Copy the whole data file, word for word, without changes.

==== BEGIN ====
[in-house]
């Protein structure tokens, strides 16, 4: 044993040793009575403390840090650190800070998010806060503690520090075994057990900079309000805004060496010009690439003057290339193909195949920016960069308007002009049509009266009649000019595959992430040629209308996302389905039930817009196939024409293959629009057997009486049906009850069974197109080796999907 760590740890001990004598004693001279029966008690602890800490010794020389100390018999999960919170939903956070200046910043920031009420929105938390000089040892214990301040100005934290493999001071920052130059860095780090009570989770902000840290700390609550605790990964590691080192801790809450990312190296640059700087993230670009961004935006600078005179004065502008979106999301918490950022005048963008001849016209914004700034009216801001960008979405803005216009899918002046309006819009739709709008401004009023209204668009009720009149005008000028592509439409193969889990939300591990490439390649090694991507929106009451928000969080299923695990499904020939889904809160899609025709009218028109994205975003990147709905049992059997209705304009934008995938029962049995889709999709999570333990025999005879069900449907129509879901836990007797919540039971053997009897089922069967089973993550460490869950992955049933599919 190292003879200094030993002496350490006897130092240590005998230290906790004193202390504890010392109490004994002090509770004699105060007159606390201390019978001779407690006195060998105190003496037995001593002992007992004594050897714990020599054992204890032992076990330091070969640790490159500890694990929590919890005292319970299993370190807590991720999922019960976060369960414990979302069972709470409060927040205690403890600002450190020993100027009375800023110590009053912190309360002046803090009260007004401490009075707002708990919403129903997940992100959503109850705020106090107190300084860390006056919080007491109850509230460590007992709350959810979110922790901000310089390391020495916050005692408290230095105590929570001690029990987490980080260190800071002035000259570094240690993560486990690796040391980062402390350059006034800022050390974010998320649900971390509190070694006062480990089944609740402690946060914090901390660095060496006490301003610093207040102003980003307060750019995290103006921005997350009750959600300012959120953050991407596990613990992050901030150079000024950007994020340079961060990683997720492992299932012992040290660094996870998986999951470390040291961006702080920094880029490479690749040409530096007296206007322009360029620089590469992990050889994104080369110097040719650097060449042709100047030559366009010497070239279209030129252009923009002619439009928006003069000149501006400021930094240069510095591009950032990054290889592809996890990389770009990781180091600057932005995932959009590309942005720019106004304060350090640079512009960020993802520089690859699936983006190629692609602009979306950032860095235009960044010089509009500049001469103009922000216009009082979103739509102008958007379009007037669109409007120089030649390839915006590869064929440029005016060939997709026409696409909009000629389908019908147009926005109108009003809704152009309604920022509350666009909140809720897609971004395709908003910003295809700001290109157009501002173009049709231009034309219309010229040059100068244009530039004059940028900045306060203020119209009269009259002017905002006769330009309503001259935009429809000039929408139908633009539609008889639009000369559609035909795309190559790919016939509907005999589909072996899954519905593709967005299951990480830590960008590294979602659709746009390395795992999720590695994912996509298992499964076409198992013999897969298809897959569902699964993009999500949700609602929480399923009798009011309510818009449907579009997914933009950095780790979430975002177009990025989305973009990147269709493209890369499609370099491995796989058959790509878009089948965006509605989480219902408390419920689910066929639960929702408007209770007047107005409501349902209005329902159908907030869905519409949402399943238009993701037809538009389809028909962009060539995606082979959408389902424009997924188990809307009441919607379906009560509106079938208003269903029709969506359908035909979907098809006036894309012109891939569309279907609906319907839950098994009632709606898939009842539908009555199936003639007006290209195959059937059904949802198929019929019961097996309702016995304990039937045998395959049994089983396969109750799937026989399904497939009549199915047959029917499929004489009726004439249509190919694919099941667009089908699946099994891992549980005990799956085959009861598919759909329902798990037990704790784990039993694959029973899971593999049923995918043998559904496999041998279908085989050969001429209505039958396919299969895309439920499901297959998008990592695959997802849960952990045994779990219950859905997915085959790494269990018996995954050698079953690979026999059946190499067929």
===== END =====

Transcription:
[in-house]
């Protein structure tokens, strides 16, 4: 044993040793009575403390840090650190800070998010806060503690520090075994057990900079309000805004060496010009690439003057290339193909195949920016960069308007002009049509009266009649000019595959992430040629209308996302389905039930817009196939024409293959629009057997009486049906009850069974197109080796999907 760590740890001990004598004693001279029966008690602890800490010794020389100390018999999960919170939903956070200046910043920031009420929105938390000089040892214990301040100005934290493999001071920052130059860095780090009570989770902000840290700390609550605790990964590691080192801790809450990312190296640059700087993230670009961004935006600078005179004065502008979106999301918490950022005048963008001849016209914004700034009216801001960008979405803005216009899918002046309006819009739709709008401004009023209204668009009720009149005008000028592509439409193969889990939300591990490439390649090694991507929106009451928000969080299923695990499904020939889904809160899609025709009218028109994205975003990147709905049992059997209705304009934008995938029962049995889709999709999570333990025999005879069900449907129509879901836990007797919540039971053997009897089922069967089973993550460490869950992955049933599919 190292003879200094030993002496350490006897130092240590005998230290906790004193202390504890010392109490004994002090509770004699105060007159606390201390019978001779407690006195060998105190003496037995001593002992007992004594050897714990020599054992204890032992076990330091070969640790490159500890694990929590919890005292319970299993370190807590991720999922019960976060369960414990979302069972709470409060927040205690403890600002450190020993100027009375800023110590009053912190309360002046803090009260007004401490009075707002708990919403129903997940992100959503109850705020106090107190300084860390006056919080007491109850509230460590007992709350959810979110922790901000310089390391020495916050005692408290230095105590929570001690029990987490980080260190800071002035000259570094240690993560486990690796040391980062402390350059006034800022050390974010998320649900971390509190070694006062480990089944609740402690946060914090901390660095060496006490301003610093207040102003980003307060750019995290103006921005997350009750959600300012959120953050991407596990613990992050901030150079000024950007994020340079961060990683997720492992299932012992040290660094996870998986999951470390040291961006702080920094880029490479690749040409530096007296206007322009360029620089590469992990050889994104080369110097040719650097060449042709100047030559366009010497070239279209030129252009923009002619439009928006003069000149501006400021930094240069510095591009950032990054290889592809996890990389770009990781180091600057932005995932959009590309942005720019106004304060350090640079512009960020993802520089690859699936983006190629692609602009979306950032860095235009960044010089509009500049001469103009922000216009009082979103739509102008958007379009007037669109409007120089030649390839915006590869064929440029005016060939997709026409696409909009000629389908019908147009926005109108009003809704152009309604920022509350666009909140809720897609971004395709908003910003295809700001290109157009501002173009049709231009034309219309010229040059100068244009530039004059940028900045306060203020119209009269009259002017905002006769330009309503001259935009429809000039929408139908633009539609008889639009000369559609035909795309190559790919016939509907005999589909072996899954519905593709967005299951990480830590960008590294979602659709746009390395795992999720590695994912996509298992499964076409198992013999897969298809897959569902699964993009999500949700609602929480399923009798009011309510818009449907579009997914933009950095780790979430975002177009990025989305973009990147269709493209890369499609370099491995796989058959790509878009089948965006509605989480219902408390419920689910066929639960929702408007209770007047107005409501349902209005329902159908907030869905519409949402399943238009993701037809538009389809028909962009060539995606082979959408389902424009997924188990809307009441919607379906009560509106079938208003269903029709969506359908035909979907098809006036894309012109891939569309279907609906319907839950098994009632709606898939009842539908009555199936003639007006290209195959059937059904949802198929019929019961097996309702016995304990039937045998395959049994089983396969109750799937026989399904497939009549199915047959029917499929004489009726004439249509190919694919099941667009089908699946099994891992549980005990799956085959009861598919759909329902798990037990704790784990039993694959029973899971593999049923995918043998559904496999041998279908085989050969001429209505039958396919299969895309439920499901297959998008990592695959997802849960952990045994779990219950859905997915085959790494269990018996995954050698079953690979026999059946190499067929």